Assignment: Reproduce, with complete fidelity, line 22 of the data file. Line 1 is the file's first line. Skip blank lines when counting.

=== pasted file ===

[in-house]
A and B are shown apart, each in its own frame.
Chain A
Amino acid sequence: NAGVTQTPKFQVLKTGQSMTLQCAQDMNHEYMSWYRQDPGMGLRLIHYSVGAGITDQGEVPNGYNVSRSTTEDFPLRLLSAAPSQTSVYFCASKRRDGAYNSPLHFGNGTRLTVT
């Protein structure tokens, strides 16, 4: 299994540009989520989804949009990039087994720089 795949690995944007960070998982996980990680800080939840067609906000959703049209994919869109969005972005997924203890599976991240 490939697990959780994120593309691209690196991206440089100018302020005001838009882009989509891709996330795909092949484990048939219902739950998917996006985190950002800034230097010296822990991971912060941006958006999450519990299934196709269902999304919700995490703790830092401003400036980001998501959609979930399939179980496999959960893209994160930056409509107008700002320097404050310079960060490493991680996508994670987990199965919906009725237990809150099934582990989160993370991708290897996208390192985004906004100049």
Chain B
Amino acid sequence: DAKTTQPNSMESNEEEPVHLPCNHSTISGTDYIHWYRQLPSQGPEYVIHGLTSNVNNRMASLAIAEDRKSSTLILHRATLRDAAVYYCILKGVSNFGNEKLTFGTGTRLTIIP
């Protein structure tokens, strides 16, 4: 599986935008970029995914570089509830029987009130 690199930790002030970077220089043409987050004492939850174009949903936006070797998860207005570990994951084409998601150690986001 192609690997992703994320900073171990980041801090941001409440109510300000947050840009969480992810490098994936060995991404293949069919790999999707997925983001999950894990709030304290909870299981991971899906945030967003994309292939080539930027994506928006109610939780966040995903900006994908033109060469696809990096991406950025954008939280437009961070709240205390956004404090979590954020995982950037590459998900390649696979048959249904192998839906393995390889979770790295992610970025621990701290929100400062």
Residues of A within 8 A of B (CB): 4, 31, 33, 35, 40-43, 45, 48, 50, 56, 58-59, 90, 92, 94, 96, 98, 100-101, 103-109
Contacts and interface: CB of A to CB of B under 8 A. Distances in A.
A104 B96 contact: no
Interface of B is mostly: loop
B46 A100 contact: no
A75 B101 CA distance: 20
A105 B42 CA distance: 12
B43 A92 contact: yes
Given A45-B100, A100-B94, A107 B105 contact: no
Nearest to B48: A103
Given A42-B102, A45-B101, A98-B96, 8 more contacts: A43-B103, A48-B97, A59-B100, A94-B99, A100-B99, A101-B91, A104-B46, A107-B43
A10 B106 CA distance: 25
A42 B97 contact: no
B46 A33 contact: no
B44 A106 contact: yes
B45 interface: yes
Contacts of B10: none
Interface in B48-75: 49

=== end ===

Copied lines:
B46 A33 contact: no